The Absence of Poverty in the State of the Union
President Obama gave his sixth State of the Union address this past Tuesday. While there is much to be said about the slow but steady improvement of our economy, it was disappointing to see the President actively ignore the topic of poverty in the US.
Poverty is here in America, as the photographs and testimony of Witnesses to Hunger have shown again and again. The members of Witnesses advocate based on their own experiences with juggling multiple jobs to try to make ends meet and worrying about how to keep food on the table when rent must be paid and the heat needs to stay on. They share their hopes and their fears for their children. They hold onto the idea that after a lifetime of feeling shut out of the conversation around programs and policies affecting their families, they will be heard. They hold onto the hope that after years of having to prove to caseworkers, legislators, and their neighbors that they are worthy of respect and the same opportunities afforded to others in different, more privileged circumstances, real change will come to those living in poverty in America.
President Obama was a big source of hope that this dream would finally be realized. In 2008, the same year that Witnesses to Hunger began, then-president-elect Obama pledged to end child hunger in 2015. The Witnesses enthusiastically supported that goal. They spoke about their own experiences with food insecurity, and shared their hunger for safe neighborhoods, affordable housing, and high-quality education. They took photographs, met with legislators on Capitol Hill, and spoke out about what changes should be made to government assistance programs. Over the following six years, the Witnesses to Hunger project grew to other states, bringing more parents and caregivers of young children together to share their expertise on poverty in America.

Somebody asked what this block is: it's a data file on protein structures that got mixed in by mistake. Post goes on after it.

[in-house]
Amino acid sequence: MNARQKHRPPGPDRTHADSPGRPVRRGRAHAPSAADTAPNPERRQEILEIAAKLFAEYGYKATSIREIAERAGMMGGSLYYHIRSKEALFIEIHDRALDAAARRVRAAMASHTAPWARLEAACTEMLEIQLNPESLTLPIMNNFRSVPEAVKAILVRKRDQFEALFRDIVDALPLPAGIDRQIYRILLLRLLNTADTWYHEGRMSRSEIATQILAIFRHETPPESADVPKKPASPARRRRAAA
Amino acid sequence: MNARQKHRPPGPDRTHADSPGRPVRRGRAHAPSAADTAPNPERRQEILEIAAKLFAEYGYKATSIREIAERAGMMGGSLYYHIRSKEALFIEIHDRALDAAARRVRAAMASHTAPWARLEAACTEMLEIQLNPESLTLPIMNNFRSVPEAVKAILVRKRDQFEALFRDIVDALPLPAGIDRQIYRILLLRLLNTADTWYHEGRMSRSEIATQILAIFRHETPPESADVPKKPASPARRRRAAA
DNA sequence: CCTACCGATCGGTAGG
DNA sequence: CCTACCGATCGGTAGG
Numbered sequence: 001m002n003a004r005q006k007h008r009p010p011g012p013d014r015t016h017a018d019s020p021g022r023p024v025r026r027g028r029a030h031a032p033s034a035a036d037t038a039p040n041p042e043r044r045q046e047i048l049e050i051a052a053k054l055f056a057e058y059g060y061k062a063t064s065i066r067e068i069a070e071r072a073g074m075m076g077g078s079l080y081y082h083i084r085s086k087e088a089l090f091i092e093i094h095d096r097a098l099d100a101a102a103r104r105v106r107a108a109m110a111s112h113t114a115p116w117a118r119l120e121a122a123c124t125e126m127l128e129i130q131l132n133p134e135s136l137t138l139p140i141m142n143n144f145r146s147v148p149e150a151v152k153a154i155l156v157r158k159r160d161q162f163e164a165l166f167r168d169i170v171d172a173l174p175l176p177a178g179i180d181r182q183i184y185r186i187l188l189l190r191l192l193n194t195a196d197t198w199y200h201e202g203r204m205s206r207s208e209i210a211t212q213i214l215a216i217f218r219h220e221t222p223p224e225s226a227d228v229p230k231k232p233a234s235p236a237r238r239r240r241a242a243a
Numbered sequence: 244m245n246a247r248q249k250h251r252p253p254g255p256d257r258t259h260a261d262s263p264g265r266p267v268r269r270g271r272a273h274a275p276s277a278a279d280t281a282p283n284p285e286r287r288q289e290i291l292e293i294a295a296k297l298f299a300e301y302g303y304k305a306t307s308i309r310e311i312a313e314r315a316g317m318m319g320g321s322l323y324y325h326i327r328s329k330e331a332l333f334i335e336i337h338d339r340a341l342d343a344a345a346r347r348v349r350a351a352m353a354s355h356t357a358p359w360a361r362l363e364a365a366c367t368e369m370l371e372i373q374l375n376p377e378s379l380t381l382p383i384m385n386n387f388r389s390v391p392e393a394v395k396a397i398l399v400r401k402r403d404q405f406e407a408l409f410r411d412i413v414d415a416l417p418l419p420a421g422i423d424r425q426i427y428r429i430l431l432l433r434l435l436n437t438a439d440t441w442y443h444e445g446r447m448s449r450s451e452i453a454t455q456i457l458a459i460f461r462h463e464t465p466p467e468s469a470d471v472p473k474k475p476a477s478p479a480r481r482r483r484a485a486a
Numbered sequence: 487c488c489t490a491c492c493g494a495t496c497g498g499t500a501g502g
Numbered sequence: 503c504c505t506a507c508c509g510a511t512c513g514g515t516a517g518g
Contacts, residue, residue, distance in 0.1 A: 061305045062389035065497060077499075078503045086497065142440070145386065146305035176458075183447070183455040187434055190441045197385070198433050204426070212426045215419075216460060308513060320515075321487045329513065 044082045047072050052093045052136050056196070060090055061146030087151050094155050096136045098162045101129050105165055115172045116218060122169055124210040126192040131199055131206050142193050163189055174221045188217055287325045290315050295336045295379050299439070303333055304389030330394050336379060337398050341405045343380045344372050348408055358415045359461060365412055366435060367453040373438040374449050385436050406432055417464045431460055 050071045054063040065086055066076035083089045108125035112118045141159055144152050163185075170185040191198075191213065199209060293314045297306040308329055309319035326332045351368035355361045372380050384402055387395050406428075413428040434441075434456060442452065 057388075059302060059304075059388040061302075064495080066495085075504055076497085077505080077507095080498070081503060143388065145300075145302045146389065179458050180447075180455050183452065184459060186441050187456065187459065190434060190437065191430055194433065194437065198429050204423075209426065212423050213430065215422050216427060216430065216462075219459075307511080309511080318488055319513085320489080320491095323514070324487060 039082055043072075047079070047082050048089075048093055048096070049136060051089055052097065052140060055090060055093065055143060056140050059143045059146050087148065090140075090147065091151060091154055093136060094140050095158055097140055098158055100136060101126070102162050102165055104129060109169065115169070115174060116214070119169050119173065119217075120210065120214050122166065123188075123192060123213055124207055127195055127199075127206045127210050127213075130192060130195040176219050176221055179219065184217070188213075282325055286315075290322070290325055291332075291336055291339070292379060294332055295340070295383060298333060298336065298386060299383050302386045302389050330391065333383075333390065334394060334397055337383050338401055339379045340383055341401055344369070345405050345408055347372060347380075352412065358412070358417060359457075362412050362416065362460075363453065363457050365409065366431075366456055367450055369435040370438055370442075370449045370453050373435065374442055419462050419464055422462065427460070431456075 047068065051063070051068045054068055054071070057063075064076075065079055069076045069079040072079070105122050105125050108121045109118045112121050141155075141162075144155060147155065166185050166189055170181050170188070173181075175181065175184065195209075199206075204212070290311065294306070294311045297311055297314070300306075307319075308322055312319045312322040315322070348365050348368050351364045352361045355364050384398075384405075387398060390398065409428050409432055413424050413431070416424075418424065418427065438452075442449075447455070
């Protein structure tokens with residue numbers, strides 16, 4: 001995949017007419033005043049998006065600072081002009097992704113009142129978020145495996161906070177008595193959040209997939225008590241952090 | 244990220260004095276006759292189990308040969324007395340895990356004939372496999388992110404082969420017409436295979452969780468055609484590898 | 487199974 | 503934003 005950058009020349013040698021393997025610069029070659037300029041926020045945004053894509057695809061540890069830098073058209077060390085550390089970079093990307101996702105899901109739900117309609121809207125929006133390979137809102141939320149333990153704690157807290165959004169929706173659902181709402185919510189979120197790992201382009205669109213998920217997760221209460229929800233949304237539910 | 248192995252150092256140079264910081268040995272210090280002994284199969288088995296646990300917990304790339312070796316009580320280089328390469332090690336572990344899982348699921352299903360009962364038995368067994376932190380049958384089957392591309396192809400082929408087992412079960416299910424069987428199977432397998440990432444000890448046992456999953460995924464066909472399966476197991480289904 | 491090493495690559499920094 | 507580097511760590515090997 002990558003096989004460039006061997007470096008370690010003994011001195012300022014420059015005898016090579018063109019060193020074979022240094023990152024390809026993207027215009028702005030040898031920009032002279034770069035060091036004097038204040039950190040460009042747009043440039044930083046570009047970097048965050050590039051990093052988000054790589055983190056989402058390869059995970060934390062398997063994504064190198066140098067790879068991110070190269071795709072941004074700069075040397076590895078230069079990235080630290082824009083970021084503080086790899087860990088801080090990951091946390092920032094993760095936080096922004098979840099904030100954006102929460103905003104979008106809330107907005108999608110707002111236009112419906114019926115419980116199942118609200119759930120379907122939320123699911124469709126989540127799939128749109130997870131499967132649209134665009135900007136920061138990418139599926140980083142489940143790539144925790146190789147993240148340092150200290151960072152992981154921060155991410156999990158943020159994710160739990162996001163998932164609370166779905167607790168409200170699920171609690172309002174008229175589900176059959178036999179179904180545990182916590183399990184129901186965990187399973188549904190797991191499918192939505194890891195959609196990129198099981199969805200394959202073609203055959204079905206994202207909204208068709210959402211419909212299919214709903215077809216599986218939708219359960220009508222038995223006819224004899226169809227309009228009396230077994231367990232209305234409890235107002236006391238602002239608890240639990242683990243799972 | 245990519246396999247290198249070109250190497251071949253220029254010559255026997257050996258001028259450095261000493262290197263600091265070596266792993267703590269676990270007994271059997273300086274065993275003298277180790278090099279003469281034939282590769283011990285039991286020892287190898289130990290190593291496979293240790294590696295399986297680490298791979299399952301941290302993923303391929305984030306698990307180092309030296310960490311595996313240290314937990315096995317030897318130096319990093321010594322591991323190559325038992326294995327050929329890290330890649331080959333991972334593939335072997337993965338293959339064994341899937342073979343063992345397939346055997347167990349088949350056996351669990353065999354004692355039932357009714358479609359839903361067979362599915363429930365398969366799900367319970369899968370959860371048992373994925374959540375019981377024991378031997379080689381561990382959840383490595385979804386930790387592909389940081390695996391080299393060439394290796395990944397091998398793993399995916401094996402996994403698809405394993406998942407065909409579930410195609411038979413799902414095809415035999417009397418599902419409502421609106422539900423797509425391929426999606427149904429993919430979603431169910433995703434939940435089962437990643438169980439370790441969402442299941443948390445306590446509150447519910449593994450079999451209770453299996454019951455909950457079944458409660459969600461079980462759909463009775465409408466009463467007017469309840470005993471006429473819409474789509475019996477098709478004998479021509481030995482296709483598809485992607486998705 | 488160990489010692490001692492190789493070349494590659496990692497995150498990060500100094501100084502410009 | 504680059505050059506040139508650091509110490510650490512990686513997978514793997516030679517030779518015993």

But as the Witnesses remained committed, the President neglected his promise to the most vulnerable Americans – our children living with the daily reality of poverty and hunger. As the economy collapsed and politics became more severely divided, the Obama administration shifted priorities from talking about and addressing poverty to focusing solely on middle class rhetoric.
Tuesday night’s State of the Union was a clear example of this shift. Granted, many of the proposals the President presented are strong for families, including some low-income Americans.
But the President refused to acknowledge our own trouble with hunger and poverty. In fact, he mentioned those words but once – and in a global context. How about asserting that 14.3% of all American households are food insecure, that 45.3 million Americans still live below the poverty line? These are appalling numbers, statistics that should not sit comfortably with us.
We can’t call our country a tight-knit family when we so intentionally ignore the too-difficult-to-talk-about plight of our sisters and brothers. We can’t call our union strong when we fail to provide for and fight for the basic rights of every family.
We can’t be afraid to talk about poverty. The suffering is happening in our communities and among our friends. Unless we address it, we will never be able to stand behind our assertion that we, as a nation, believe in human dignity.
The President told us that our country is poised to “to choose our future.” And what will that future look like? Will it continue a history of marginalizing the poor and failing to fight for equal opportunities for everyone? Or will we be bold, and insist on a nation that demonstrates a profound commitment to every person?